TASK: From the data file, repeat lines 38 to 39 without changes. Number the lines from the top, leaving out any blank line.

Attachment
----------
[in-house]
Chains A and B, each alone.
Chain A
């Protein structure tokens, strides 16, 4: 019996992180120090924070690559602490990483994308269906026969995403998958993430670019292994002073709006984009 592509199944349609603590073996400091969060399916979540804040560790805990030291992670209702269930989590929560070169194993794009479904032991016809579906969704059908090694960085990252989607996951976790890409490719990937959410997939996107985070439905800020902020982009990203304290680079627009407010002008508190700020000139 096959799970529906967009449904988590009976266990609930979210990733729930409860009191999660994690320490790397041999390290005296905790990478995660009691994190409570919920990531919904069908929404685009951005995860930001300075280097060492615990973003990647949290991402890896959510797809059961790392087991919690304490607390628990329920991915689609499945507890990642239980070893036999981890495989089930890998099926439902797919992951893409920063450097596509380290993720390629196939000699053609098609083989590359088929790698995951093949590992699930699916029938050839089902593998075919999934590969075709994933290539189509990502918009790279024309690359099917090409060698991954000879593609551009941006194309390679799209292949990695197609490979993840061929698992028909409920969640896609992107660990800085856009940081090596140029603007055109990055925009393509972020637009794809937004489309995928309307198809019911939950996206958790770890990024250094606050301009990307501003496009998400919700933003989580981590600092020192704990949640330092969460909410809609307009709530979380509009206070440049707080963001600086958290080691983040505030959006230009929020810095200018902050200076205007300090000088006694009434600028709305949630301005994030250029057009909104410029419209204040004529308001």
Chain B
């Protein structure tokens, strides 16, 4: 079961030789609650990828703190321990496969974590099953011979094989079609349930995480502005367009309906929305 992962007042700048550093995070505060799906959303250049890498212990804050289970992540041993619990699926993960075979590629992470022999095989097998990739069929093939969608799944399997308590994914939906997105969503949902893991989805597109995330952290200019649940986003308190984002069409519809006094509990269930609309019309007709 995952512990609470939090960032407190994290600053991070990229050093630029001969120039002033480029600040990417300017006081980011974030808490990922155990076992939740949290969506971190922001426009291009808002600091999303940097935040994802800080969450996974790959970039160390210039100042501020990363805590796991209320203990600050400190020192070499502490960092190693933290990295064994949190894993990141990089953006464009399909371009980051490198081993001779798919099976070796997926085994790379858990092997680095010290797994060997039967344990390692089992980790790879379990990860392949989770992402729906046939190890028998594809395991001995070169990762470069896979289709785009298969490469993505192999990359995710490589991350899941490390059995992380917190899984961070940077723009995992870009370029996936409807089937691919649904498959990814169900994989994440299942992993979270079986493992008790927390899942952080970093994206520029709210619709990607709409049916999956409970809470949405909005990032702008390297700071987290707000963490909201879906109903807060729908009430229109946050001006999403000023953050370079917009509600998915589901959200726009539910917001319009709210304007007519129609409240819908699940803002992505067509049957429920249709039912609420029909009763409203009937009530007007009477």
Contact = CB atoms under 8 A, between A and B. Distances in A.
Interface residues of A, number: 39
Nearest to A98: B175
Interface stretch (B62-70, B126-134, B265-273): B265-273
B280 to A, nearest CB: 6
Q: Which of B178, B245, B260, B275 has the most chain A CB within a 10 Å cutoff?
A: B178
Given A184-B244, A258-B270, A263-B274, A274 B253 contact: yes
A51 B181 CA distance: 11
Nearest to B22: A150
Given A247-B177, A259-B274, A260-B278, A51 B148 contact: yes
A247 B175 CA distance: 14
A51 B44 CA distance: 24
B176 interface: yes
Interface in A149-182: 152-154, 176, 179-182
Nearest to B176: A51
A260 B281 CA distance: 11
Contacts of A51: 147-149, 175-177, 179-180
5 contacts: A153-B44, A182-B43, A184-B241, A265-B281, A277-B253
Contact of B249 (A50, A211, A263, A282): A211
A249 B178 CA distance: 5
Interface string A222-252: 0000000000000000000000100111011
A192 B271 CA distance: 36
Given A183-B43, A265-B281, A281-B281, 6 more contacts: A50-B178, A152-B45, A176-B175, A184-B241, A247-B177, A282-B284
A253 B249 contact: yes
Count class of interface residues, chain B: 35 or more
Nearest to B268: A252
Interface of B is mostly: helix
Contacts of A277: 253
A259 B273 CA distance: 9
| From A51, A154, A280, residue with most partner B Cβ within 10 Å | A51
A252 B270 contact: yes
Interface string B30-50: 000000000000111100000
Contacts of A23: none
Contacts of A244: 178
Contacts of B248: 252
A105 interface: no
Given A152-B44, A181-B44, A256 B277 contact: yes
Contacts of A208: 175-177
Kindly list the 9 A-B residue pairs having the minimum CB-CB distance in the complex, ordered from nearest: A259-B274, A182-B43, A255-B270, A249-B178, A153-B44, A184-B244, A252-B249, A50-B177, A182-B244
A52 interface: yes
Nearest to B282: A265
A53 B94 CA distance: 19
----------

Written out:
A252 B270 contact: yes
Interface string B30-50: 000000000000111100000